Maryland Governor Larry Hogan, a moderate Republican, has announced that he will not run as a GOP challenger against Sen. Chris Van Hollen (D-Md.), dashing hopes that the seat could be flipped.
Because Hogan’s second term—the final term allowed to him under the Maryland state constitution—ends in 2023, and because of his significant popularity in the otherwise blue state, some Republicans saw a unique opportunity to flip the seat.
If Hogan had run and won the race, it would be a historic reversal.
In the 2016 election, Hillary Clinton received 60.33 percent of the vote, compared to only 33.91 percent for Trump. In the 2020 election, Trump fared even worse, receiving only 32.15 percent of the vote compared to Biden’s 65.36 percent.
The state has not elected a Republican to the Senate in over four decades. Its last GOP senator, the late Charles Mathias, was reelected to a final term in 1980; since then, Maryland’s two U.S. Senate seats have remained solidly in the hands of Democrats.
Still, while Democrats perform exceedingly well in Maryland’s national elections, state-level elections there are, as in other states, more nuanced.
Despite Maryland’s heavily Democrat-leaning political landscape, Hogan was elected as governor in the state by an approximately four point margin in 2014. In 2018, Hogan ran for and won a second term, receiving an impressive 12-point lead. Still, few other state-level Republicans have had such success.
As such, Van Hollen had little to fear under normal electoral circumstances. But Republicans and Democrats alike recognized that Hogan could throw a wrench into Van Hollen’s reelection campaign, and could have turned his easy glide to reelection into a tense, politically-fraught battle.
During a press conference on Tuesday, Hogan made the announcement that he would not pursue the option. He thanked “the people who have been encouraging me to consider it.”
“But,” he continued, “as I have repeatedly said, I don’t aspire to be a senator, and that fact has not changed.”
Hogan’s final decision does not come as a surprise as he has made clear in the past that he was not considering it very seriously.
“It’s not something that I’m really taking a serious look at,” Hogan said on CNN’s “State of the Union” when asked if he would run for the Senate.
Though his centrist political positions were a necessary ingredient for victory in Maryland, they may have been more polarizing if Hogan had moved into the arena of national politics.
In Oct. 2018, shortly before he was reelected as governor, Hogan signed a law that significantly restricted gun ownership in the state. In addition to barring convicted domestic abusers from owning firearms, the bill controversially banned bump stocks, a rifle attachment which stabilizes the gun and can help to increase its rate of fire, depending in part on the experience and skill of the user.
After signing the law, Hogan made a public break with the National Rifle Association (NRA), which has itself been criticized by gun rights activists for its historical acquiescence to regulations that many other gun rights groups argue violate the 2nd amendment.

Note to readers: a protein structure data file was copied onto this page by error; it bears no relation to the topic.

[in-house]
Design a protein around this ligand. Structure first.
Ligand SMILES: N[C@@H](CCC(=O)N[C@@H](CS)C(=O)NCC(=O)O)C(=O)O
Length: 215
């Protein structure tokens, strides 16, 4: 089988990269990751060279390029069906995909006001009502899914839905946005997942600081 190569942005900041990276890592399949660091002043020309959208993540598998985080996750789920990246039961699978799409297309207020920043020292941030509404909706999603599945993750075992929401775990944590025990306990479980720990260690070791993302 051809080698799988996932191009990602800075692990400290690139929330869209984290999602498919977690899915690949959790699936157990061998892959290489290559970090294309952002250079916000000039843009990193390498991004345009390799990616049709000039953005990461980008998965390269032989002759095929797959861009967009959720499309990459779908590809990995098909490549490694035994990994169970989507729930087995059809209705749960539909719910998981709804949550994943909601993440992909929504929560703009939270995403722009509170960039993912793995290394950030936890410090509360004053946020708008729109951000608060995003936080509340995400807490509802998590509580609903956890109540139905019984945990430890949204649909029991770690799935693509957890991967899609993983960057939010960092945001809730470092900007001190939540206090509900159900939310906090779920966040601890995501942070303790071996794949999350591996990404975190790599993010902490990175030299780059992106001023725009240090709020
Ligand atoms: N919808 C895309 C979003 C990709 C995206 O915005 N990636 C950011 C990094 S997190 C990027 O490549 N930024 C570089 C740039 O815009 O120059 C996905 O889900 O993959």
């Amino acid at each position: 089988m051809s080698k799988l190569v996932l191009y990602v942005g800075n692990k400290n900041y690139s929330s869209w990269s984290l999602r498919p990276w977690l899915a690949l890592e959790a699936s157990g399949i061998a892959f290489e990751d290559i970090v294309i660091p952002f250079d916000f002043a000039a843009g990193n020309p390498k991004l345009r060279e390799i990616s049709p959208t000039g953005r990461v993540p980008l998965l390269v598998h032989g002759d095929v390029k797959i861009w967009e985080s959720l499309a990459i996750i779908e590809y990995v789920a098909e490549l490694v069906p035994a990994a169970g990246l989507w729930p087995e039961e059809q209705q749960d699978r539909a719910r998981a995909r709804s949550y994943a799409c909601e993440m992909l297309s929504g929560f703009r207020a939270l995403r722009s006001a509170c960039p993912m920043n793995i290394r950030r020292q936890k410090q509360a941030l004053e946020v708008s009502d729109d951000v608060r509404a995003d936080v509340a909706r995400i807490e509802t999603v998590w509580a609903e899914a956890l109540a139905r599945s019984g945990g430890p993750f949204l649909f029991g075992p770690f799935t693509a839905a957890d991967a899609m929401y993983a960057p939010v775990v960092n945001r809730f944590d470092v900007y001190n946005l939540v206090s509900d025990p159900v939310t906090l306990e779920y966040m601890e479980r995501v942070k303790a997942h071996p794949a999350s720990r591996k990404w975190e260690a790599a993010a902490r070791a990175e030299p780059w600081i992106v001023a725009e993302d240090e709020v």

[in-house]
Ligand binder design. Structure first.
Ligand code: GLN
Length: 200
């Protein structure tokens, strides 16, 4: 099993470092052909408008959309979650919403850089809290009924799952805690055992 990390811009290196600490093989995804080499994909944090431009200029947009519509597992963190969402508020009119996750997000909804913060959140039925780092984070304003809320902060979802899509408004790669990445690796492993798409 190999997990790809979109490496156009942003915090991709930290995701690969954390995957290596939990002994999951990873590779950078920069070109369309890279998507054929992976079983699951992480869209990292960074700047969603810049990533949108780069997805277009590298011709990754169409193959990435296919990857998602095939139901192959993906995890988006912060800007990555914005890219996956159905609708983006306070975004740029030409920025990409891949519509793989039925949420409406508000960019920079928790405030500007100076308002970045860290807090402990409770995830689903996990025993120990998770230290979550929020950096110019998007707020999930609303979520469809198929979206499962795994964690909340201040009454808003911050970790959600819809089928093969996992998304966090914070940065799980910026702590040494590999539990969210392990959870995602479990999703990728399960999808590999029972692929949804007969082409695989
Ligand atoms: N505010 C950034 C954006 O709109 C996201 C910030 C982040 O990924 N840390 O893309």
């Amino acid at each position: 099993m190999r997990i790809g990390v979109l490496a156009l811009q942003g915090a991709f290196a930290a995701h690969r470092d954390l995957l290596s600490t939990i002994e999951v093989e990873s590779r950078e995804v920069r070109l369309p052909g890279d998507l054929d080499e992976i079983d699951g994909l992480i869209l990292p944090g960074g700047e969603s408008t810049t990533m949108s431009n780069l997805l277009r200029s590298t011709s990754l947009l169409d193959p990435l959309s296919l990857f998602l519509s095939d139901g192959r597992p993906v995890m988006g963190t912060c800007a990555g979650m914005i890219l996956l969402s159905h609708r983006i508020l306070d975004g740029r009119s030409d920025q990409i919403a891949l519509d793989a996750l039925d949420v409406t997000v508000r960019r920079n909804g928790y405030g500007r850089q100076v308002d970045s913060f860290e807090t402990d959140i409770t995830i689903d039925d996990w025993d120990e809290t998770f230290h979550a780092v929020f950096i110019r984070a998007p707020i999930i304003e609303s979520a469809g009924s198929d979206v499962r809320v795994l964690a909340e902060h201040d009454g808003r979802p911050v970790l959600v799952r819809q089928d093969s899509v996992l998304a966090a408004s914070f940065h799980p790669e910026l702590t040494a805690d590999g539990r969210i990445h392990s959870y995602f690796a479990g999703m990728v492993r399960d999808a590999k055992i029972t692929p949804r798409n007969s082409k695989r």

Though he was endorsed by the NRA in 2014, Hogan said that he would not accept an endorsement from the group in 2018.
Hogan has also often broken with President Donald Trump over immigration issues.
Hogan criticized Trump’s efforts to end the Deferred Action for Childhood Arrivals (DACA) program, a holdover from President Barack Obama’s time in office. Critics of the policy have argued that the program, which came into being through an executive action rather than through the legislature, was an illegal use of presidential power.
Hogan also recalled Maryland National Guard troops from the U.S. border with Mexico over disagreements with the Trump administration’s “zero tolerance” policy.
Hogan has also said that while he opposes abortion, he would make no effort to change abortion law. As early as the 1990s, well before some Democrats had accepted abortion, Hogan is on the record stating that he does not think that abortion should be outlawed.
These attitudes, while perhaps necessary ones to win moderate Marylanders, put Hogan in stark contrast to many other Republicans. If he had run for the Senate, his position on these and other issues likely would have spawned significant criticism from other Republicans, and could have left Hogan ostracized from the party.
Still, Hogan could have been a welcome improvement over Van Hollen for Republicans, particularly ahead of a Senate race that is expected to be slightly favorable to Democrats.
In November 34 senators, including 20 Republicans and 14 Democrats, are up for election or reelection.
Despite wide expectations that the GOP will take back the House, the battle for the Senate will be a tough one for both parties.
Democrats are desperate not to find themselves in another evenly split Senate during the 118th Congress. Since neither Joe Manchin (D-W. Va.) nor Kyrsten Sinema (D-Ariz.) are up for reelection in November—the moderate duo has brought to a halt many of the Democrats’ most expansive political aspirations during the 117th Congress—Democrats will need to pick up a net gain of two seats in November to meet their political goals.
Republicans are just as desperate to avoid this scenario, which would potentially allow Democrats to overturn the filibuster and pass wide-reaching legislation. To retake the majority, they need only a net gain of one seat—but they also have several more seats on the defensive than Democrats.